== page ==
There are some foods that, when eaten together, are so perfectly suited for each other it becomes difficult to have one without longing for its mate.  Tomatoes and basil.  Garlic and olive oil.  Caramel and sea salt.  And, for me, potatoes and chicken fat.  Sure you can toss your potatoes with olive oil and roast them on their own, and they’ll be tender and crunchy and handsome next to the chicken on your plate.  But why do that when you can nestle them into the roasting pan, tucked snugly around the bird, and let them slowly soften and then crisp in their companion’s own lovely juices?

I like sturdy, creamy yukon golds for this dish, but feel free to use whatever potato you like best.  And buy the best quality chicken you can afford — those organic, free-roaming birds really do taste better.  If possible, buy the chicken a day or two in advance, unwrap it, salt it inside and out, re-wrap it, and store it in the fridge.  I’ve read several accounts to the contrary, but in my experience salting a roast ahead of time does not dry it out and really does let the seasoning penetrate the meat in a way that only salting right before cooking does not.  If you do this, use a light hand when seasoning again later.

Let the chicken sit at room temperature for at least an hour before you roast it.  A four pound bird takes about 60 minutes to cook.  Add 10 minutes to the cooking time for each additional pound.  The parboiled potatoes need about an hour in the roasting pan, so if you have a chicken over four pounds, take it out of the oven when it has about an hour left to cook and add the potatoes then.

Roast Chicken and Potatoes

Yield: Serves 4 to 8, depending on size of chicken and number of potatoes

1 whole roasting chicken, anywhere from 4 to 8 lbs.

a half dozen garlic cloves, separated but not peeled

one lemon, quartered

one handful fresh herbs leaves or sprigs (I like sage, thyme, or marjoram with chicken)

olive oil and/or butter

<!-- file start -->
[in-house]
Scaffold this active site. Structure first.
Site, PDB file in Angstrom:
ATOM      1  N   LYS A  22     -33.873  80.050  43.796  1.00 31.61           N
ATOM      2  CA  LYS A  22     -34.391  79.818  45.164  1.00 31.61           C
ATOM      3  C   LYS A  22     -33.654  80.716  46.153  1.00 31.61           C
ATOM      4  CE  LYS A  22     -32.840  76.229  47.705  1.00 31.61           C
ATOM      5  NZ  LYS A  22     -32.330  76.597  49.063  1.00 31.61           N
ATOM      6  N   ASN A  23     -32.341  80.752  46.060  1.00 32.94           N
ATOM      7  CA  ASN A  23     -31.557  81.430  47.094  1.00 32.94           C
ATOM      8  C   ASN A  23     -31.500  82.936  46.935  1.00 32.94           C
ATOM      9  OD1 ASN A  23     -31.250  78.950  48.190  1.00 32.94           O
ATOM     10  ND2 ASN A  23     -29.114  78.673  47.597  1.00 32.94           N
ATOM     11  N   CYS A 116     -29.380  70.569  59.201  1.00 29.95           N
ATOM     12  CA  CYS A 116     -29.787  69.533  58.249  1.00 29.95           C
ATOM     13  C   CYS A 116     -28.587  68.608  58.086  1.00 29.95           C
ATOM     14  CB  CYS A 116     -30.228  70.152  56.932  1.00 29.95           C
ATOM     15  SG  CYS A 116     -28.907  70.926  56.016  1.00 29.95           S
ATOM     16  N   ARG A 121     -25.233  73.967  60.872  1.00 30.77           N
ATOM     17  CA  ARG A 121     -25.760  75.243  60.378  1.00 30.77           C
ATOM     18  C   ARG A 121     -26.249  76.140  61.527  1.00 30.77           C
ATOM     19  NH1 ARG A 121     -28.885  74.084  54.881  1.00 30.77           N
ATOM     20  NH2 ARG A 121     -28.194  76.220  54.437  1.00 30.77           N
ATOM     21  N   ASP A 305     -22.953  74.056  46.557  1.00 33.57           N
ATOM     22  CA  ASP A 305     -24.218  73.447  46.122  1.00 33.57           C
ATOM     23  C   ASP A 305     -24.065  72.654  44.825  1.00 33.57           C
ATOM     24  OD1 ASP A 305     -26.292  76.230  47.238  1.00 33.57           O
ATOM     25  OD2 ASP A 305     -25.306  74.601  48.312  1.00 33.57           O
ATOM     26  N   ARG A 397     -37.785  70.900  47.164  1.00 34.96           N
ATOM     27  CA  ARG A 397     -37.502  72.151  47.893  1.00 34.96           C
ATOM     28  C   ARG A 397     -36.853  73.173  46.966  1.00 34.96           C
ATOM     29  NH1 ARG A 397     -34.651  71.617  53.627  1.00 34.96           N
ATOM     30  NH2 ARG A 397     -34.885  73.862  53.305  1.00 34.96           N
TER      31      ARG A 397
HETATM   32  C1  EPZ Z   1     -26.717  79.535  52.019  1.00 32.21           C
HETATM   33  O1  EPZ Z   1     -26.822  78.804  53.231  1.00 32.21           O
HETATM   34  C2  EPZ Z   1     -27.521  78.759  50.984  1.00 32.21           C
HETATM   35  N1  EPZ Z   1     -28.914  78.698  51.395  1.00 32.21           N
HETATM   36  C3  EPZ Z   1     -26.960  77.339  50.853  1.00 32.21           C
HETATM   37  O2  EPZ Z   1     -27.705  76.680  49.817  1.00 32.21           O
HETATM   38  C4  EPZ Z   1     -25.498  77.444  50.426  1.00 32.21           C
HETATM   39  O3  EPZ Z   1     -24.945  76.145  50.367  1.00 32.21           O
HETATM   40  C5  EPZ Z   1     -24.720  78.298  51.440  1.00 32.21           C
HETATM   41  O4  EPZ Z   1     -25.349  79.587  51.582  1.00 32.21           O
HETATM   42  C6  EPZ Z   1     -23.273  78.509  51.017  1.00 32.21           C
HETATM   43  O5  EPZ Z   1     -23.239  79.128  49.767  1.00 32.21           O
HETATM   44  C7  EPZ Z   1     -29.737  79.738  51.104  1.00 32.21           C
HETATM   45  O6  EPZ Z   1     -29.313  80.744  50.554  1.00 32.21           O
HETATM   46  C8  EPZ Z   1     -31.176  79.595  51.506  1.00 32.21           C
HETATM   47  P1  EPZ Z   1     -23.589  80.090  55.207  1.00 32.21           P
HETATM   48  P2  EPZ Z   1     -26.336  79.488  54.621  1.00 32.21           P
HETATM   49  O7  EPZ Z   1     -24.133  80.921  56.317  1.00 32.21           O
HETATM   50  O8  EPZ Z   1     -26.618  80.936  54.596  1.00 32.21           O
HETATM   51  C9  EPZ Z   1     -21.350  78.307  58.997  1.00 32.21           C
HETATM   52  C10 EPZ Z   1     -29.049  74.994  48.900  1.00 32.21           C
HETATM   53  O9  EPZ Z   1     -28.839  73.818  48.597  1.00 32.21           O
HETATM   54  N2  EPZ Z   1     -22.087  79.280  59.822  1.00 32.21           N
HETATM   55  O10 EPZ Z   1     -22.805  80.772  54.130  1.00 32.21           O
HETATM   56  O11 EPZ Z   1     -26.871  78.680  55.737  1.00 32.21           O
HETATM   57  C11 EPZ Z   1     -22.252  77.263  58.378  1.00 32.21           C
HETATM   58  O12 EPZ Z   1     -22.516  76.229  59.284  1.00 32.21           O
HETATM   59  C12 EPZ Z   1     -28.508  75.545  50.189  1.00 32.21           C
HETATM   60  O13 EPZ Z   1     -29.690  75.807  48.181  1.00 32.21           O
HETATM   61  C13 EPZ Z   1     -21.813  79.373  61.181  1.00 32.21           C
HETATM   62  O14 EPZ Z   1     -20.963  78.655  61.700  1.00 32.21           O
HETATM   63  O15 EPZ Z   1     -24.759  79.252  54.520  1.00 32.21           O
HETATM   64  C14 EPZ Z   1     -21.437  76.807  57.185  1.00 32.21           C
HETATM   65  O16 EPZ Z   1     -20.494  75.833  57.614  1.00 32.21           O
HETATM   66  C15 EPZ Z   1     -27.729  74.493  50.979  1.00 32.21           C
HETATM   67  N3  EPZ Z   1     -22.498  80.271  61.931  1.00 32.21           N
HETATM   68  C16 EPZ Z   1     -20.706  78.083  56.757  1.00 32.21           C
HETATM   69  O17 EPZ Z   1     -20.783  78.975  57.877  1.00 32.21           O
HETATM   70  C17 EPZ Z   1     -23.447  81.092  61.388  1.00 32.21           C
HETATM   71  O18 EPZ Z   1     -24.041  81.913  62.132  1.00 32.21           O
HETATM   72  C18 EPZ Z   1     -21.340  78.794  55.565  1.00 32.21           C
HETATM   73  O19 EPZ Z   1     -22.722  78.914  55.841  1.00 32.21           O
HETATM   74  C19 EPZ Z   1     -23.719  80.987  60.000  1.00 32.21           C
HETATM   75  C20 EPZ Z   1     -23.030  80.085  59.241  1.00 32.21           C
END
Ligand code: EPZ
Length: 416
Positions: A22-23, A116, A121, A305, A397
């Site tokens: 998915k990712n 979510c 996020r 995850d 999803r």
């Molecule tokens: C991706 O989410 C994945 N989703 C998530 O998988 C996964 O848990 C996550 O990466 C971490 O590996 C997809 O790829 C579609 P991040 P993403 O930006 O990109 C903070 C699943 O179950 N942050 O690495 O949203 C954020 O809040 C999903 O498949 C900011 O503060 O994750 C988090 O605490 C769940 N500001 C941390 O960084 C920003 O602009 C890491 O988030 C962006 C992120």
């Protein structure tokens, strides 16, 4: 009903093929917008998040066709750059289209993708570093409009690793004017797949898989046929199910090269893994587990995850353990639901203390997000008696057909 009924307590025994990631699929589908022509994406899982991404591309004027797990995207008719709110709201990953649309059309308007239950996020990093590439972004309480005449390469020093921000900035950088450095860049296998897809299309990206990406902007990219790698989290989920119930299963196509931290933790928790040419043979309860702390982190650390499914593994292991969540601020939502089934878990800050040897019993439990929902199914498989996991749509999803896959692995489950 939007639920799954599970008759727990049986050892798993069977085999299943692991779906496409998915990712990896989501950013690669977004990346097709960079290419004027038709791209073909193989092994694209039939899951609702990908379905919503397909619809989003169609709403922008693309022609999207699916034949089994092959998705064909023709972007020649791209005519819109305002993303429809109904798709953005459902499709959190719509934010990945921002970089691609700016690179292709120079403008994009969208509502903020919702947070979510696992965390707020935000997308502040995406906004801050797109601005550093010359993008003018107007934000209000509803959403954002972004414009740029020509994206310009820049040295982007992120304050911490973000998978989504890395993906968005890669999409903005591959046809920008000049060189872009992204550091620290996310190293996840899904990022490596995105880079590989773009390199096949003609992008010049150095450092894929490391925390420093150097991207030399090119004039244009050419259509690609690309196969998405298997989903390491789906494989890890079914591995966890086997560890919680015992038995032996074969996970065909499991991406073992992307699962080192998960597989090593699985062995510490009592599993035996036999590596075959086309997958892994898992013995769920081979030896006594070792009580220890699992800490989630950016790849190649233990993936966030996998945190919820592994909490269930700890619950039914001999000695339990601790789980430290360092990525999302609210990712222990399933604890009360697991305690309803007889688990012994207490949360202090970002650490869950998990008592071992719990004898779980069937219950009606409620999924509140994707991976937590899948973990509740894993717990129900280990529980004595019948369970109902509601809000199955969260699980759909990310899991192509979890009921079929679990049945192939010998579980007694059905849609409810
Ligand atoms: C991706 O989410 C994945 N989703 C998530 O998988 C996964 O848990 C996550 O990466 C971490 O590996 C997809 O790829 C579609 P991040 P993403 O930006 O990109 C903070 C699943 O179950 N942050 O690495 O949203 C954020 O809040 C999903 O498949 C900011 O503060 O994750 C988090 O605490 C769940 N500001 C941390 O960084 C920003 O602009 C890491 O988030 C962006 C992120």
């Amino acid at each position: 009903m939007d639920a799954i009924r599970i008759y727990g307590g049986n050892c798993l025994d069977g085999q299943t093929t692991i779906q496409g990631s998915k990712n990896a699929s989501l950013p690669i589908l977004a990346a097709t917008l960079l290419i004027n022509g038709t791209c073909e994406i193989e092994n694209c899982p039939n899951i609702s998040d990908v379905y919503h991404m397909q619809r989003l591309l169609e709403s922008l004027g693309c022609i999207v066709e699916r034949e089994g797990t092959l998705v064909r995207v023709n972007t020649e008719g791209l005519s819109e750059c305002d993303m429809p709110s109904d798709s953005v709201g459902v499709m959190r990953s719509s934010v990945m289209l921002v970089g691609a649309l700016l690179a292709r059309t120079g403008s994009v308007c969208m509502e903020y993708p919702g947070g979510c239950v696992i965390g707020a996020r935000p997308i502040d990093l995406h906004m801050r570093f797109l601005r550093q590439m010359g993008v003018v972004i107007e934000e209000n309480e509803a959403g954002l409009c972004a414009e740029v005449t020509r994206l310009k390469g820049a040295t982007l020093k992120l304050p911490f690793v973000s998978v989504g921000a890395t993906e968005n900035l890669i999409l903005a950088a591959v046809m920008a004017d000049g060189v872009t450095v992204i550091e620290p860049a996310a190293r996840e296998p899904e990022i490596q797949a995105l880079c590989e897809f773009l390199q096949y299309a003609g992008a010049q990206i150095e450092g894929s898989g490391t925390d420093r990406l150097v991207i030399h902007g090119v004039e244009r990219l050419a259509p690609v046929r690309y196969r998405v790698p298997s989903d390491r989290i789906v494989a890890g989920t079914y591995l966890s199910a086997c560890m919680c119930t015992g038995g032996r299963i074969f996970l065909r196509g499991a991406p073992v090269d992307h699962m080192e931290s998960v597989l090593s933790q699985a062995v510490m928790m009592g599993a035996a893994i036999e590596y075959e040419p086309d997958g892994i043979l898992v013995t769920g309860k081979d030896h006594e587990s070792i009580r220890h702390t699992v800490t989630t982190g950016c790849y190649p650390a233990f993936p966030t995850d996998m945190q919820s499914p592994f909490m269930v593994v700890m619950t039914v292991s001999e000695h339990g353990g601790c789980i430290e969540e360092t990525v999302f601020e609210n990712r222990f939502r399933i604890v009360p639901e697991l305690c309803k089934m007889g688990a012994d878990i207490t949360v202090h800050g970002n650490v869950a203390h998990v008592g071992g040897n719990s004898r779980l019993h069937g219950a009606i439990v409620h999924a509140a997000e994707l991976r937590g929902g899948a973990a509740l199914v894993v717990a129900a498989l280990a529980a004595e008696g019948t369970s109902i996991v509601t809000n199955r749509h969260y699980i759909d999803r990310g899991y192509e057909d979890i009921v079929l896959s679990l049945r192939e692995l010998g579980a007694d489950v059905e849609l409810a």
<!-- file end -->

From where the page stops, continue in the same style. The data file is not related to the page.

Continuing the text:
kosher salt and freshly ground black pepper

6 – 12 yukon gold potatoes (depending on size of chicken and capacity of roasting pan), peeled if you like and cut into 1 1/2-inch chunks

Preheat the oven to 400 degrees.  Put the chicken in a roasting pan.  Season the cavity with salt and some juice from the lemon quarters, then stuff with the garlic, lemon, and half the herbs.  Rub the skin of the chicken all over with olive oil or butter, and season with salt and pepper.  If the bird is 6 lbs. or more, start it in the oven while you boil the potatoes.

Place cut potatoes in a saucepan and cover with cold water.  Add salt, and bring to a boil over high heat.  Reduce heat and boil gently for 10 minutes.  Drain potatoes in a colander, then return them to the warm pot and let them steam for a few minutes to remove excess moisture.  Gently shake the pan to roughen up the edges of the potatoes (this makes them crispier when they roast).  Add the potatoes to the roasting pan with chicken when the chicken has about an hour left to cook.  Season the potatoes with salt, tuck in the remaining herbs, and, if your chicken is small or seems very lean, drizzle potatoes lightly with olive oil.  Turn the potatoes once, half-way through cooking.

If there’s a lot of fat in the bottom of the roasting pan, remove potatoes immediately with a slotted spoon to a paper towel-lined plate.

Stay tuned! And don’t toss the carcass — coming later this week to Well-fed Everyone:  Poor Man’s Rich Chicken Stock and Tortilla Soup.